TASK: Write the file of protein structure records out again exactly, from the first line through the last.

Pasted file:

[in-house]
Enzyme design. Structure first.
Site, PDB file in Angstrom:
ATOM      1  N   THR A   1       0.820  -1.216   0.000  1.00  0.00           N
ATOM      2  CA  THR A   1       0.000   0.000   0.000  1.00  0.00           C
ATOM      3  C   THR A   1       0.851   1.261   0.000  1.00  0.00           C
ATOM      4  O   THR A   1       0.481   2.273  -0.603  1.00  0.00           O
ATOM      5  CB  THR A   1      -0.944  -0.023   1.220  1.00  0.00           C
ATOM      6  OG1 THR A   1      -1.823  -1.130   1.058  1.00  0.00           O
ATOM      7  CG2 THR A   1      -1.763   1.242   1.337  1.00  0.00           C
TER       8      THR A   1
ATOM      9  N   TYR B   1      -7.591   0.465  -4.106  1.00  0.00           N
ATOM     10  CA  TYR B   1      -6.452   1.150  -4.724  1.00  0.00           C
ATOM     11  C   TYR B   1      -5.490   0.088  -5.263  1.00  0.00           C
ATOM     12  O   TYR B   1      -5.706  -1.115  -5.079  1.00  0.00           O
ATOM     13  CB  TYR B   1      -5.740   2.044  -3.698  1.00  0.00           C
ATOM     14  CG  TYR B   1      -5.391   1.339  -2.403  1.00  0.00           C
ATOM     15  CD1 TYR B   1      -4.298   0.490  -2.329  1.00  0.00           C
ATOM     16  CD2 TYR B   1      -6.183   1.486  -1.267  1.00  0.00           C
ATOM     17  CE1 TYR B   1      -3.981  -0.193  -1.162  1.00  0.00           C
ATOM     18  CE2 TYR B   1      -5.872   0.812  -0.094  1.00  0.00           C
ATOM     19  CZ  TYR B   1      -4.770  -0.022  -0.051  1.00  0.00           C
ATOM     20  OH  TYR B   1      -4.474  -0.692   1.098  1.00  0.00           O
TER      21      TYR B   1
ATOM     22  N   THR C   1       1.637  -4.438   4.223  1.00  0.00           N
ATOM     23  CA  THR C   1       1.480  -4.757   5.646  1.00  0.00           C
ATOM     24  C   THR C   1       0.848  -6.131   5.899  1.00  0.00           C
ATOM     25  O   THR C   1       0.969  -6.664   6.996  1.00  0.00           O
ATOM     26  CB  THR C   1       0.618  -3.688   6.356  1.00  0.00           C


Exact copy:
[in-house]
Enzyme design. Structure first.
Site, PDB file in Angstrom:
ATOM      1  N   THR A   1       0.820  -1.216   0.000  1.00  0.00           N
ATOM      2  CA  THR A   1       0.000   0.000   0.000  1.00  0.00           C
ATOM      3  C   THR A   1       0.851   1.261   0.000  1.00  0.00           C
ATOM      4  O   THR A   1       0.481   2.273  -0.603  1.00  0.00           O
ATOM      5  CB  THR A   1      -0.944  -0.023   1.220  1.00  0.00           C
ATOM      6  OG1 THR A   1      -1.823  -1.130   1.058  1.00  0.00           O
ATOM      7  CG2 THR A   1      -1.763   1.242   1.337  1.00  0.00           C
TER       8      THR A   1
ATOM      9  N   TYR B   1      -7.591   0.465  -4.106  1.00  0.00           N
ATOM     10  CA  TYR B   1      -6.452   1.150  -4.724  1.00  0.00           C
ATOM     11  C   TYR B   1      -5.490   0.088  -5.263  1.00  0.00           C
ATOM     12  O   TYR B   1      -5.706  -1.115  -5.079  1.00  0.00           O
ATOM     13  CB  TYR B   1      -5.740   2.044  -3.698  1.00  0.00           C
ATOM     14  CG  TYR B   1      -5.391   1.339  -2.403  1.00  0.00           C
ATOM     15  CD1 TYR B   1      -4.298   0.490  -2.329  1.00  0.00           C
ATOM     16  CD2 TYR B   1      -6.183   1.486  -1.267  1.00  0.00           C
ATOM     17  CE1 TYR B   1      -3.981  -0.193  -1.162  1.00  0.00           C
ATOM     18  CE2 TYR B   1      -5.872   0.812  -0.094  1.00  0.00           C
ATOM     19  CZ  TYR B   1      -4.770  -0.022  -0.051  1.00  0.00           C
ATOM     20  OH  TYR B   1      -4.474  -0.692   1.098  1.00  0.00           O
TER      21      TYR B   1
ATOM     22  N   THR C   1       1.637  -4.438   4.223  1.00  0.00           N
ATOM     23  CA  THR C   1       1.480  -4.757   5.646  1.00  0.00           C
ATOM     24  C   THR C   1       0.848  -6.131   5.899  1.00  0.00           C
ATOM     25  O   THR C   1       0.969  -6.664   6.996  1.00  0.00           O
ATOM     26  CB  THR C   1       0.618  -3.688   6.356  1.00  0.00           C